A Fer-de-Lance Snake and Poison Frogs On The Bogarin Trail
Seeking a different experience from one we had a couple of days prior, Bob and I opted to revisit a small patch of rainforest on the outskirts of La Fortuna. It was late afternoon when we signed up for a guided walk on the Bogarin Trail.
At the entrance to the Bogarin Trail, a feeding station with ample amounts of fruit attracts a good selection of birds such as this family of Gray-headed Chachalacas.
With newly-hatched fledglings under their care, the adults were kept busy feeding copious amounts of papaya to their young.
A Tropical Mockingbird along with a good variety of other colourful species paused at the feeder allowing us good views.
As we bided our time, another tour group returned to the entrance. One member mentioned having seen a Fer-de-Lance snake, so we were eager to get going.
The Bogarin Trail is in the Bogarin Forest Reserve which covers a 20-hectare area with several trails that crisscross the patch of rainforest.
This re-naturalized piece of land is quite the marvel given how it came into existence. Originally farmland that was finally deemed too swampy for farming, it came under the care of Giovanni Bogarin in 2000. Seeing its potential, Giovanni decided to create a refuge for local wildlife.
Giovanni worked tirelessly planting native trees and other plants confident that nature would take its course and the plants would flourish. As the forest gained a foothold, the birds and animals came. A frog pond was added to the already wet land, and it was in the vicinity of that pond that our guide surprised us by locating a Red-eyed Tree Frog.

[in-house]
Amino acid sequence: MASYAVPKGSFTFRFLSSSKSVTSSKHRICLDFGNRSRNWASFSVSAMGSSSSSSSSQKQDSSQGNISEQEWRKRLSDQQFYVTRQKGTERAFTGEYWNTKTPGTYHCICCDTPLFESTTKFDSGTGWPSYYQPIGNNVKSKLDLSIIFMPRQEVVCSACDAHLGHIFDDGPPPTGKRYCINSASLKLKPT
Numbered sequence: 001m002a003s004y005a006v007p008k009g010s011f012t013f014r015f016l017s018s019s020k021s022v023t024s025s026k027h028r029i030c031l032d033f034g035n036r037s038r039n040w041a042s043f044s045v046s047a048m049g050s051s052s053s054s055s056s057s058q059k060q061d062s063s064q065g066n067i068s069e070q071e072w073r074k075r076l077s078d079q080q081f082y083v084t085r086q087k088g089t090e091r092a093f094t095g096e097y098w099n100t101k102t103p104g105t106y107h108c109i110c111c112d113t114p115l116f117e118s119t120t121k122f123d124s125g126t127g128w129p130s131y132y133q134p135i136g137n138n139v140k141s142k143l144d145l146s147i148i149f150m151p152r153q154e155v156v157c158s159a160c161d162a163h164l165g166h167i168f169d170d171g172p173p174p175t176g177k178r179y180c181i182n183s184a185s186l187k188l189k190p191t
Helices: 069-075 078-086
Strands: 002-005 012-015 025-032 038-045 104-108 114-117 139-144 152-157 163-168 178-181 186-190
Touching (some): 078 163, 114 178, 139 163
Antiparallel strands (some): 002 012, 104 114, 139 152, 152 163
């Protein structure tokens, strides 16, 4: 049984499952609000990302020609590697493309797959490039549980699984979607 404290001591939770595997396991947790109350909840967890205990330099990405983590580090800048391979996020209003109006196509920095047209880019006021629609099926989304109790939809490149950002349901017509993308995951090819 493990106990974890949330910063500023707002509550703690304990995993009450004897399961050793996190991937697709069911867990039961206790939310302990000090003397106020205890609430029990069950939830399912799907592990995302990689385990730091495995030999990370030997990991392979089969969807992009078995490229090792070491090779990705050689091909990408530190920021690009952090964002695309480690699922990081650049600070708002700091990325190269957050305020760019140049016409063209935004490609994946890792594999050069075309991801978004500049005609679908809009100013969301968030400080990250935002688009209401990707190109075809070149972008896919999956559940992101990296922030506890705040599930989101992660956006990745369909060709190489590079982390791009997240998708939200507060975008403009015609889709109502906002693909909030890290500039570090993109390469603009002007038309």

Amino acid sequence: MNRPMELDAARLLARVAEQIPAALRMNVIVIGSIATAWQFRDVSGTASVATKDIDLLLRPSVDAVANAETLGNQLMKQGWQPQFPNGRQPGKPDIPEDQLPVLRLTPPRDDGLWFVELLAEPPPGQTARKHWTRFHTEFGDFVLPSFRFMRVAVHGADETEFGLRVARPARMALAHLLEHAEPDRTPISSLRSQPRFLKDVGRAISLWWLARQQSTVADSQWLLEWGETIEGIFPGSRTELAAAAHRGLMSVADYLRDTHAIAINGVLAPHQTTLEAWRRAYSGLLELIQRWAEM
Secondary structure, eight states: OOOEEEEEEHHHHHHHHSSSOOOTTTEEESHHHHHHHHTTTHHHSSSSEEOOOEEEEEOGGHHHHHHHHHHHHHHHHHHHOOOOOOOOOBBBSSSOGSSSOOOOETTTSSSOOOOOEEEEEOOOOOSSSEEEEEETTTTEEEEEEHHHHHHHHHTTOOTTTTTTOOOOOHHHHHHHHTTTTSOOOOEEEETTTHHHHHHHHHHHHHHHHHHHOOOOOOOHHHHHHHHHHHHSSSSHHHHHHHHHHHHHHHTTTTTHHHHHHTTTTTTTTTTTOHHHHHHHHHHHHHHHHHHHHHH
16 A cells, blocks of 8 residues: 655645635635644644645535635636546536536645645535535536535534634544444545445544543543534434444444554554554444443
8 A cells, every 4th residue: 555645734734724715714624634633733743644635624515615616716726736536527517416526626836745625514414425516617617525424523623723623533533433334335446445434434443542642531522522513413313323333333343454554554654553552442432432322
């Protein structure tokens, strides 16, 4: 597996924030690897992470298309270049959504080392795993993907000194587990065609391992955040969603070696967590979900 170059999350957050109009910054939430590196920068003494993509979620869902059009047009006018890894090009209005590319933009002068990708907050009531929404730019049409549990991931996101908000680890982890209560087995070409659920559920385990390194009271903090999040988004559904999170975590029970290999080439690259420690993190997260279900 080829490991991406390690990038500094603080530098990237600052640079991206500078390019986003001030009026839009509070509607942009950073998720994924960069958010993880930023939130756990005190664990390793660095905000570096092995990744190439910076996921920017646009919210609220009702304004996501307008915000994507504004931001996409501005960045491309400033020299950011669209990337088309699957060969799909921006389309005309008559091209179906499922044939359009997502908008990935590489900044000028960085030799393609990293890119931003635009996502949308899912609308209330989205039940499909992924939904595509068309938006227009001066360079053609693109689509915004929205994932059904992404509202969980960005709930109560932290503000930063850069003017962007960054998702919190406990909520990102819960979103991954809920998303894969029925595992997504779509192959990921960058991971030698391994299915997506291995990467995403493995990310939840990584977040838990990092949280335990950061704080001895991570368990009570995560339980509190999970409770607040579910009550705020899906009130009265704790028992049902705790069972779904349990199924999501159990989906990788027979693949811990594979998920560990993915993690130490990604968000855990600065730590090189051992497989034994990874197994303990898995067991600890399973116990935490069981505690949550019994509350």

Red-eyed Tree Frogs are native to Costa Rica. They mate and reproduce near ponds that are found in lowland wet areas of tropical rainforests.
The bright coloration of a Red-eyed Tree Frog makes them desirable subjects for photographers. Our group observed this individual for only a few minutes, but it was highly rewarding.
A Red-eyed Tree Frog is not poisonous. Its bold colours serve as a distraction to ward off predators in what is called the “startle reflex”.
Throughout the day, a Red-eyed Tree Frog uses its green back as camouflage to hide from predators among the jungle vegetation. Its red eyes are covered by a transparent nictitating membrane to provide further disguise when the frogs are sleeping. When our group walked along the trail, our knowledgeable guide spotted this Red-eyed Tree Frog where it was hiding in plain sight.
If a predator approaches a sleeping Red-eyed Tree Frog, the frog is alerted by the changing light seen through the nictitating membrane and will promptly wake up. Flashing its red eyes, bright orange feet and striped sides serves to startle any threat giving the frog a few seconds to get away.
Red-eyed Tree Frogs are nocturnal. They are also carnivorous. At nighttime, they hunt for insects sometimes even capturing a small amphibian.
Most often, a Red-eyed Tree Frog will be found on the underside of a leaf. Using the suction cups on their feet enables the frogs to hold on tight.
As we observed, the suction cups also enable a Red-eyed Tree Frog to be quite the contortionist!